It’s reasonable to believe that Musk has long held views that are more aligned with a conservative understanding of the world, and they were turbocharged as he became more radicalized during the pandemic (arguably by the very platform he now owns) and his position in society changed. No longer is he the plucky upstart challenging the big guys in the automotive and aerospace industries. SpaceX and Tesla are now powerful forces in their own right, and that means they’re subjected to higher standards of accountability. As the Democratic Party has targeted the tech industry for greater regulation and billionaires to pay higher taxes, Musk’s incentive to turn to the political right has only grown. Conservatives are not only willing to embrace him, but will eagerly defend his power just as they do with other corporate titans.

In the United States, Musk has shifted his base of operations from Democratic California to Republican Texas after being wooed by the latter’s governor Greg Abbott. He has a long-running problem with the Securities and Exchange Commission after they held him accountable for lying about having funding to take Tesla private in 2018. He’s also hidden injuries at Tesla from the Occupational Safety and Health Administration, blasted the Fish and Wildlife Agency for doing environmental reviews of SpaceX’s operations in Texas, and has a history of conflicts with the National Highway Traffic Safety Administration.

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Most recently, Musk decided to have SpaceX sue the National Labor Relations Board to gut its authority, which would cause an unprecedented setback in the rights of workers across the country. That campaign is supported by the Republican Party, which Musk has been forging closer ties to in recent years. He’s explicitly backed extremist GOP candidates and told his followers to vote Republican in the 2022 primary elections. Musk now regularly scaremongers about migration across the southern US border, and even traveled to it last year to sneer at migrants with a Republican lawmaker.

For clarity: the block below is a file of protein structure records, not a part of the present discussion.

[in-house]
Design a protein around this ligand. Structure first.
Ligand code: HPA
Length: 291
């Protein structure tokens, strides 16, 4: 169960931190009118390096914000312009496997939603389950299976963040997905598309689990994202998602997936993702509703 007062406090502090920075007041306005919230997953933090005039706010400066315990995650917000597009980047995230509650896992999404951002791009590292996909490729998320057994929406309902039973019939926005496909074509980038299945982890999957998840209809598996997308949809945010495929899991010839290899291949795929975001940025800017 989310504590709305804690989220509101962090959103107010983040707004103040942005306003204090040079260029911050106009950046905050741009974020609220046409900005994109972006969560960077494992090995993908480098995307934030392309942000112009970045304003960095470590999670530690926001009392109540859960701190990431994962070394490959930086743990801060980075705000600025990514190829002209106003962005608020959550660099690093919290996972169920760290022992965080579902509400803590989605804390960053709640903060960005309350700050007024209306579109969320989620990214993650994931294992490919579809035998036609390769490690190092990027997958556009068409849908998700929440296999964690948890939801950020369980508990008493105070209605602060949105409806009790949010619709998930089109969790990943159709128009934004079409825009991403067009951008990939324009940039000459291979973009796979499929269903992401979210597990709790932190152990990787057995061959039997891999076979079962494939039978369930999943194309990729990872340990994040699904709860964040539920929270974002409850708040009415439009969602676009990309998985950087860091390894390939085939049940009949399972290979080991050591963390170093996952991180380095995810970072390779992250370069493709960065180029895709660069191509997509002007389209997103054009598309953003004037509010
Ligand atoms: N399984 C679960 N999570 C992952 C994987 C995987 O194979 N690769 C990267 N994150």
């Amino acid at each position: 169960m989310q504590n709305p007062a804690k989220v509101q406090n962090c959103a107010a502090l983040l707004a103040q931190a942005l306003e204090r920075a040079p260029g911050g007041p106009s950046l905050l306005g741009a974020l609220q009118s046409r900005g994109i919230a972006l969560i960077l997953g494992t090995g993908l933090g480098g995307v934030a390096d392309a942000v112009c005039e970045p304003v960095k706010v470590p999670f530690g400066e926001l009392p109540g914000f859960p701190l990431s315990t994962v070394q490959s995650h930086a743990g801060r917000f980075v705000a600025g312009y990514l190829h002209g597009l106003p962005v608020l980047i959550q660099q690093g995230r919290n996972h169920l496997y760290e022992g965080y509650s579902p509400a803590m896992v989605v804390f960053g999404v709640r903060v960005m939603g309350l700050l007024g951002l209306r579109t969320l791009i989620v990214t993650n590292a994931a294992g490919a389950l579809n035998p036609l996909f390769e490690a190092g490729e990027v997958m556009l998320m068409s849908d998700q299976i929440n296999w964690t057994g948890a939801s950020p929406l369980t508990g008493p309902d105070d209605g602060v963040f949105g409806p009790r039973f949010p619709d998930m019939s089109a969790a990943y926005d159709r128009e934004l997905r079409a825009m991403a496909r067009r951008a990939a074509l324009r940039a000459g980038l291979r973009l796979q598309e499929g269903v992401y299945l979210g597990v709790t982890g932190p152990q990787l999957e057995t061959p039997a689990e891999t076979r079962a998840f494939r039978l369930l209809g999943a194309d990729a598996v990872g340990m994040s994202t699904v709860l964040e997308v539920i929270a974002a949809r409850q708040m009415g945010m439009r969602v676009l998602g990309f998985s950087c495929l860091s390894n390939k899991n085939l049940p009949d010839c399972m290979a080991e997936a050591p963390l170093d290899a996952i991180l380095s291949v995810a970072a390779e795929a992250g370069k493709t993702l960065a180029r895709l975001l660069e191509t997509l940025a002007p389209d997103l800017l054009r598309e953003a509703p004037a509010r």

In taking those actions, Musk’s business, political, and personal interests are often intertwined. He’s undoubtedly seeking to preserve his own power and grow his empire, but he’s also looking to move forward the right-wing project that he vocally advocates on Twitter and in virtually any interview he gives these days. Yet not all of his relationships are designed to move forward every one of those interests at the same time.

Mixed motivations are still dangerous

The United States is the place where Musk’s political and business interests are most closely aligned, since he lives there and his companies are based there. As Tesla and SpaceX have grown, he wants to make sure they can continue ignoring environmental and safety regulations and that his vast wealth will not be targeted by lawmakers. That creates an incentive to back the Republican Party, even beyond his political views — though it certainly helps that he agrees with them on a long list of issues. The Republicans also want to be close to the man who was lauded for so long and held up as the creator of our collective future. Seizing him for their project is politically valuable, meaning there’s mutual benefit to the alliance.